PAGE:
Amid the pressures of the global financial crisis, some ask how we can afford to tackle climate change. The better question is: Can we afford not to?
Put aside the familiar arguments – that the science is clear, that climate change represents an indisputable existential threat to the planet, and that every day we do not act the problem grows worse. Instead, let us make the case purely on bread-and-butter economics.
At a time when the global economy is sputtering, we need growth. At a time when unemployment in many nations is rising, we need new jobs. At a time when poverty threatens to overtake hundreds of millions of people, especially in the least developed world, we need the promise of prosperity. This possibility is at our fingertips.
Economists at the United Nations call for a Green New Deal – a deliberate echo of the energizing vision of President Franklin Roosevelt during the Great Depression of the 1930s. Thus the U.N. Environment Programme has launched a plan for reviving the global economy while dealing simultaneously with the defining challenge of our era – climate change. It urges world business and political leaders, including President-elect Barack Obama, to help redirect resources away from the speculative financial engineering at the root of today's market crisis and into more productive, growth-generating and job-creating investments for the future.
This new "Green Economy Initiative," backed by Germany, Norway and the European Commission, arises from the insight that the most pressing problems we face are interrelated. Rising energy and commodity prices helped create the global food crisis, which fed the financial crisis. This in turn reflects global economic and population growth, with resulting shortages of critical resources – fuel, food, clean air and water. The commingled problems of climate change, economic growth and the environment suggest their own solution. Only sustainable development – a global embrace of green growth – offers the world, rich nations as well as poor, an enduring prospect of long-term social well-being and prosperity.
The good news is that we are awakening to this reality. We have experienced great economic transformations throughout history: the industrial revolution, the technology revolution, the era of globalization. We're now on the threshold of another – the age of green economics.
Visiting Silicon Valley last year, I saw how investment has been pouring into new renewable energy and fuel efficiency technologies. The venture capital firm that underwrote Google and Amazon, among other archetypal entrepreneurial successes, directed more than $100 million into new alternative energy companies in 2006 alone.
In China, green capital investment is expected to grow from $170 million in 2005 to more than $720 million in 2008. (In just a few short years, China has become a world leader in wind and solar power, employing more than a million people.) Globally, the U.N. Environment Programme estimates that investment in low-greenhouse energy will reach $1.9 trillion by 2020. The financial crisis may slow this trend. But capital will continue to flow into green ventures despite harder economic times. I think of it as seed money for a wholesale reconfiguration of global industry.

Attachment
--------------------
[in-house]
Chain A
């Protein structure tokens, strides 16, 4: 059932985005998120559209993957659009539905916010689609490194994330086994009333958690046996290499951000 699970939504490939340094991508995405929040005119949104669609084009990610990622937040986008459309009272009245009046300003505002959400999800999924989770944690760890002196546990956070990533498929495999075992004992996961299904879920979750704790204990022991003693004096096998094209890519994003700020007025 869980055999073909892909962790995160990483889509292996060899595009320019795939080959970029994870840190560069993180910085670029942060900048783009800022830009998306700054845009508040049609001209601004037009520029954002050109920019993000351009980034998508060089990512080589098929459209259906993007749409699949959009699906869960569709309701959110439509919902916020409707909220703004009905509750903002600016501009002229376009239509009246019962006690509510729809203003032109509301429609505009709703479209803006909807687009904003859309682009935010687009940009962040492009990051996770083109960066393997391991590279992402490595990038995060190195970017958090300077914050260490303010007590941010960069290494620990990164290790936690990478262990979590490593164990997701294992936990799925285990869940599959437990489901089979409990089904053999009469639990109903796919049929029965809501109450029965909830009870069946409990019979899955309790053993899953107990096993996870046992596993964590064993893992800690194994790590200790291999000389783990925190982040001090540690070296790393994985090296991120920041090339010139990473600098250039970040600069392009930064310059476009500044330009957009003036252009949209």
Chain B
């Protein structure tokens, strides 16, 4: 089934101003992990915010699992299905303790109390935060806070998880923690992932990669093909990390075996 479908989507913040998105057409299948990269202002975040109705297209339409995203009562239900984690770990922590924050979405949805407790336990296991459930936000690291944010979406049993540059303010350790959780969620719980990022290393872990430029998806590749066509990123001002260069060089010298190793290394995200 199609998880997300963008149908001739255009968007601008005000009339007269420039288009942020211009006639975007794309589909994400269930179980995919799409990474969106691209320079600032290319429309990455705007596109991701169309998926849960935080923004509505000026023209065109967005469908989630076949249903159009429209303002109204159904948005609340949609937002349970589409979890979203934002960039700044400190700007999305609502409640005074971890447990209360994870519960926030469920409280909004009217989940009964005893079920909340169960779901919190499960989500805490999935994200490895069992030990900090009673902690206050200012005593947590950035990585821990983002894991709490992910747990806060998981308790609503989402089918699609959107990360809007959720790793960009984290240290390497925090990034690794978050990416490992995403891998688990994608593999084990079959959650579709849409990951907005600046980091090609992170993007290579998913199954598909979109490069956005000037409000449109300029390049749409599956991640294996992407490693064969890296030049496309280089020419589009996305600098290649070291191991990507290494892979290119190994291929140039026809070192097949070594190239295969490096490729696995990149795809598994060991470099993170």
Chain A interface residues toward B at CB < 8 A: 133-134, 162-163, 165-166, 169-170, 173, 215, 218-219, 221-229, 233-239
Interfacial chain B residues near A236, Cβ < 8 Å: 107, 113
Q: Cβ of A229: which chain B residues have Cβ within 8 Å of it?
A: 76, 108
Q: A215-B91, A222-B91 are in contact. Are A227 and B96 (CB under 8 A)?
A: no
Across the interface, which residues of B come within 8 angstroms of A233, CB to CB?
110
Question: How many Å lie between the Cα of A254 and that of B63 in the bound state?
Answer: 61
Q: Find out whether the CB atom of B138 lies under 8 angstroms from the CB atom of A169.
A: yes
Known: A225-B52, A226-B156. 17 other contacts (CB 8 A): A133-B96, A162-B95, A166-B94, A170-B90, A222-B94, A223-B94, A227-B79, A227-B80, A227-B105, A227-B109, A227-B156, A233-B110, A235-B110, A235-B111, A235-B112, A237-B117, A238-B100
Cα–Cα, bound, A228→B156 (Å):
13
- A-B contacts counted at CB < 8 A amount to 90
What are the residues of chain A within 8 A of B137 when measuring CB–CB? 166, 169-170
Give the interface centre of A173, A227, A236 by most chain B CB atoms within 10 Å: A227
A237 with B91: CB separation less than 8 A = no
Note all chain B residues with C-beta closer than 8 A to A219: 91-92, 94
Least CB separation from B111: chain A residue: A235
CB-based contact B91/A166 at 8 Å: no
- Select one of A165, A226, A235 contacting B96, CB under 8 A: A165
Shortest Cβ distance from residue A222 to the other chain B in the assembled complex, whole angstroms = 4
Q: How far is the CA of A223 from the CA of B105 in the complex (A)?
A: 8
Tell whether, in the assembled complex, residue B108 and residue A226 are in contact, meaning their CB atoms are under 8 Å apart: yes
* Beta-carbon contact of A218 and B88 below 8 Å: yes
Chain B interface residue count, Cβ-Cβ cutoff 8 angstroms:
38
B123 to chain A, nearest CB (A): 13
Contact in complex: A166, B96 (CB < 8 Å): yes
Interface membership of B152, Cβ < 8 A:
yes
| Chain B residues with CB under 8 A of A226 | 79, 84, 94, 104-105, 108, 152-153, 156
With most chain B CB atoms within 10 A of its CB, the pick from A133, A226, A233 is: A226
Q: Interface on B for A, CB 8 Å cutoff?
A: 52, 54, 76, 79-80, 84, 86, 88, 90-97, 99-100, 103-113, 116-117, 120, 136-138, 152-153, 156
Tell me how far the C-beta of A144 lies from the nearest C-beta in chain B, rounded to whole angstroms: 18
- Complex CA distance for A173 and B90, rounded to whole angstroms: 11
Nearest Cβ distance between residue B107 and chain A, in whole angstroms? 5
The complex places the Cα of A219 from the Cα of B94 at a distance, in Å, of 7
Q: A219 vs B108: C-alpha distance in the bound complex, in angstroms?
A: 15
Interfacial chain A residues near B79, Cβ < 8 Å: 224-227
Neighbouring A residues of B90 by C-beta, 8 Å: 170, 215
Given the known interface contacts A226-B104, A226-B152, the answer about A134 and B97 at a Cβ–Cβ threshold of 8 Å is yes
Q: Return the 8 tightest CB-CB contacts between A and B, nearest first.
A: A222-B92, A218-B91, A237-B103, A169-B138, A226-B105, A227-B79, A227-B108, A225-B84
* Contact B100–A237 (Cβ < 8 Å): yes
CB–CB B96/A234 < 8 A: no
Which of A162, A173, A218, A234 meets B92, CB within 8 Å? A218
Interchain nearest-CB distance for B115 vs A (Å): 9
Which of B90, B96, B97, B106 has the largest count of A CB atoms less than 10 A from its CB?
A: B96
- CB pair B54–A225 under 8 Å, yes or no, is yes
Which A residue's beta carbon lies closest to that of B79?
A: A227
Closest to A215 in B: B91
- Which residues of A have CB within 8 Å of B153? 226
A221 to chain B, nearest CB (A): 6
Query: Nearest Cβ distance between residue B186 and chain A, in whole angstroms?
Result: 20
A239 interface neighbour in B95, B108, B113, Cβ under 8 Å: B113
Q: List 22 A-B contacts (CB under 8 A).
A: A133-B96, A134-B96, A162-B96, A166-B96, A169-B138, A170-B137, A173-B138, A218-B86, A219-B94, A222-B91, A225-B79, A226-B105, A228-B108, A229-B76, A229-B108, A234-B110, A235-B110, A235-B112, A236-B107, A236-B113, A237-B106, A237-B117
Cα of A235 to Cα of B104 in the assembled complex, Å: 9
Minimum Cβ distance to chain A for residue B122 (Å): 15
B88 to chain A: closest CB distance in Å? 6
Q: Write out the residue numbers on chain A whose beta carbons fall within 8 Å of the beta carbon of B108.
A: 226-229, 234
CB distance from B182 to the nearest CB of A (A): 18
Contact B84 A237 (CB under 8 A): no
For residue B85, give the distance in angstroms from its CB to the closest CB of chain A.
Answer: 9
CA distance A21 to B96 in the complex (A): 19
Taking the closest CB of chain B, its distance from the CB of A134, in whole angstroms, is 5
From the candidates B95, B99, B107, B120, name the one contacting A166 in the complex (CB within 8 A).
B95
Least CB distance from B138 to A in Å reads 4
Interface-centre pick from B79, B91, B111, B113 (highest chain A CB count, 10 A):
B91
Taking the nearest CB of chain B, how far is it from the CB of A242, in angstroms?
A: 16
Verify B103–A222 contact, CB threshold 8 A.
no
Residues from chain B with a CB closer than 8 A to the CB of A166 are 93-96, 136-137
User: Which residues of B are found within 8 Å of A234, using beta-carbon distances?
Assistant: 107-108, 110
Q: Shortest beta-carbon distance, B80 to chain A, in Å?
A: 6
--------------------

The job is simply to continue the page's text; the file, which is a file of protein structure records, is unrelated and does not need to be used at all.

We can already see its practical expression. More than 2 million people in the advanced industrial nations today find work in renewable energy. Brazil's biofuels sector has been creating nearly a million jobs annually. Economists say that India, Nigeria and Venezuela, among many others, could do much the same. In Germany, environmental technology is expected to quadruple over the coming years, reaching 16 percent of manufacturing output by 2030 and employing more people than the auto industry. Mexico already employs 1.5 million people to plant and manage the nation's forests.
Governments have a huge role. With the right policies and a global framework, we can generate economic growth and steer it in a low-carbon direction, not unlike Roosevelt's original New Deal. Handled properly, our efforts to cope with the financial crisis can reinforce our efforts to combat climate change. In today's crisis lies tomorrow's opportunity – economic opportunity, measured in jobs and growth. Most global CEOs know this. That's one reason why businesspeople in so many parts of the world are demanding clear and consistent environmental policies from their leaders. It is also the reason that global companies like General Electric or Siemens are betting their future on green. But it is important that the global public recognizes this fact, perhaps nowhere more so than the United States. When Obama takes office, voters and elected officials alike should be reassured by studies showing the United States can fight climate change by cutting emissions – at low or even no cost, using only existing technologies.
As secretary-general of the United Nations, I have a special duty – shared by all – to give voice to the voiceless, and to defend the defenseless. We know that those most vulnerable to climate change are poorest of the world's poor. They are also most vulnerable to the shocks of the financial crisis. As world leaders, we are morally bound to ensure that solutions to the global financial crisis protect the interests of all peoples, not just the citizens of wealthier nations.
Those left behind by the previous boom – the so-called "bottom billion," living on less than $1 a day – must be brought into the next economic era. Again, a solution to poverty is also a solution for climate change: green growth. For the world's poor, it is a key to sustainable development. For the wealthy, it is the way of the future.